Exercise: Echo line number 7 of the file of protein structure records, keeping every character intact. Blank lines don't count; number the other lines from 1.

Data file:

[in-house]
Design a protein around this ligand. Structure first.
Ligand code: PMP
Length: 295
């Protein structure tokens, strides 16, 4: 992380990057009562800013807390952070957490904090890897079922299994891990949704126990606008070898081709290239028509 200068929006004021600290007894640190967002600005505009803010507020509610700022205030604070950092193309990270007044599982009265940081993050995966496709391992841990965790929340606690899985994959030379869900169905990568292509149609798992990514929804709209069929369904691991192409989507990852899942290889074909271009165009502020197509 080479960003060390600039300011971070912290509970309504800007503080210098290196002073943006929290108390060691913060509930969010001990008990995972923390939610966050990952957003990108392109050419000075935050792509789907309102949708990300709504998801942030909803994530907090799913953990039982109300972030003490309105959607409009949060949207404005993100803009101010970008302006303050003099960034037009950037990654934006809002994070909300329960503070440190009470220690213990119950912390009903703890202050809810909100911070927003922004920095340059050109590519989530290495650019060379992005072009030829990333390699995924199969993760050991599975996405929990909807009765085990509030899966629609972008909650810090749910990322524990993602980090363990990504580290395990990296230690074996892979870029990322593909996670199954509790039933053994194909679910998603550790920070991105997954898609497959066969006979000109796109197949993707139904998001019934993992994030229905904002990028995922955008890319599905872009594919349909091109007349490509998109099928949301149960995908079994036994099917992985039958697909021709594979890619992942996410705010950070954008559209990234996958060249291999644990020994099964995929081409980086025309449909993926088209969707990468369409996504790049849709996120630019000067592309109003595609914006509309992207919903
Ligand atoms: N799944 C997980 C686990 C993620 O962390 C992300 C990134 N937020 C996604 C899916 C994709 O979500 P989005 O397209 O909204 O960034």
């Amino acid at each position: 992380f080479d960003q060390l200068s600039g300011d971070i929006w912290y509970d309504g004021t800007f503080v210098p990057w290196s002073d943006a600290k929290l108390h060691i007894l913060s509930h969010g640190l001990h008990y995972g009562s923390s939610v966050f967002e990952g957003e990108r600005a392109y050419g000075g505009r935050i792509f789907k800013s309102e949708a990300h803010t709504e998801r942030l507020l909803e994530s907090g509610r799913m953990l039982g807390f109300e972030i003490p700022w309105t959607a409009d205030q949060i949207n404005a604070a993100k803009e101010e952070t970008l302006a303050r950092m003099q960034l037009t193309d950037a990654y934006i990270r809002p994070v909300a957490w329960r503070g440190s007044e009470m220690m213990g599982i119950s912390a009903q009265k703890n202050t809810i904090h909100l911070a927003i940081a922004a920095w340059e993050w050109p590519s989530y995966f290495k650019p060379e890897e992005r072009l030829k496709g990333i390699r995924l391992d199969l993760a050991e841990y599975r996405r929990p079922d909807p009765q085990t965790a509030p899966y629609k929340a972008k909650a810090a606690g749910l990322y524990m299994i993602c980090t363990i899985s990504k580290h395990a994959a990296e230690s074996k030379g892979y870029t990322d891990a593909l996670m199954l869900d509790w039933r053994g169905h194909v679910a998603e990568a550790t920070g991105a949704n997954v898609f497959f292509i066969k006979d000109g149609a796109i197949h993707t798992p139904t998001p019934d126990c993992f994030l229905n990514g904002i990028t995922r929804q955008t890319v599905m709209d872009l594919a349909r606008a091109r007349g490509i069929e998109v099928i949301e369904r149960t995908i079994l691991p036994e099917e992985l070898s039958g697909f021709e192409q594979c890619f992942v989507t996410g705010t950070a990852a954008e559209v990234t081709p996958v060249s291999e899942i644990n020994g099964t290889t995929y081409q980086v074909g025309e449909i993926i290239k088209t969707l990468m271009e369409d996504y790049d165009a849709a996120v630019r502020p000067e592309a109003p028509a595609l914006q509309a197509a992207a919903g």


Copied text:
């Amino acid at each position: 992380f080479d960003q060390l200068s600039g300011d971070i929006w912290y509970d309504g004021t800007f503080v210098p990057w290196s002073d943006a600290k929290l108390h060691i007894l913060s509930h969010g640190l001990h008990y995972g009562s923390s939610v966050f967002e990952g957003e990108r600005a392109y050419g000075g505009r935050i792509f789907k800013s309102e949708a990300h803010t709504e998801r942030l507020l909803e994530s907090g509610r799913m953990l039982g807390f109300e972030i003490p700022w309105t959607a409009d205030q949060i949207n404005a604070a993100k803009e101010e952070t970008l302006a303050r950092m003099q960034l037009t193309d950037a990654y934006i990270r809002p994070v909300a957490w329960r503070g440190s007044e009470m220690m213990g599982i119950s912390a009903q009265k703890n202050t809810i904090h909100l911070a927003i940081a922004a920095w340059e993050w050109p590519s989530y995966f290495k650019p060379e890897e992005r072009l030829k496709g990333i390699r995924l391992d199969l993760a050991e841990y599975r996405r929990p079922d909807p009765q085990t965790a509030p899966y629609k929340a972008k909650a810090a606690g749910l990322y524990m299994i993602c980090t363990i899985s990504k580290h395990a994959a990296e230690s074996k030379g892979y870029t990322d891990a593909l996670m199954l869900d509790w039933r053994g169905h194909v679910a998603e990568a550790t920070g991105a949704n997954v898609f497959f292509i066969k006979d000109g149609a796109i197949h993707t798992p139904t998001p019934d126990c993992f994030l229905n990514g904002i990028t995922r929804q955008t890319v599905m709209d872009l594919a349909r606008a091109r007349g490509i069929e998109v099928i949301e369904r149960t995908i079994l691991p036994e099917e992985l070898s039958g697909f021709e192409q594979c890619f992942v989507t996410g705010t950070a990852a954008e559209v990234t081709p996958v060249s291999e899942i644990n020994g099964t290889t995929y081409q980086v074909g025309e449909i993926i290239k088209t969707l990468m271009e369409d996504y790049d165009a849709a996120v630019r502020p000067e592309a109003p028509a595609l914006q509309a197509a992207a919903g």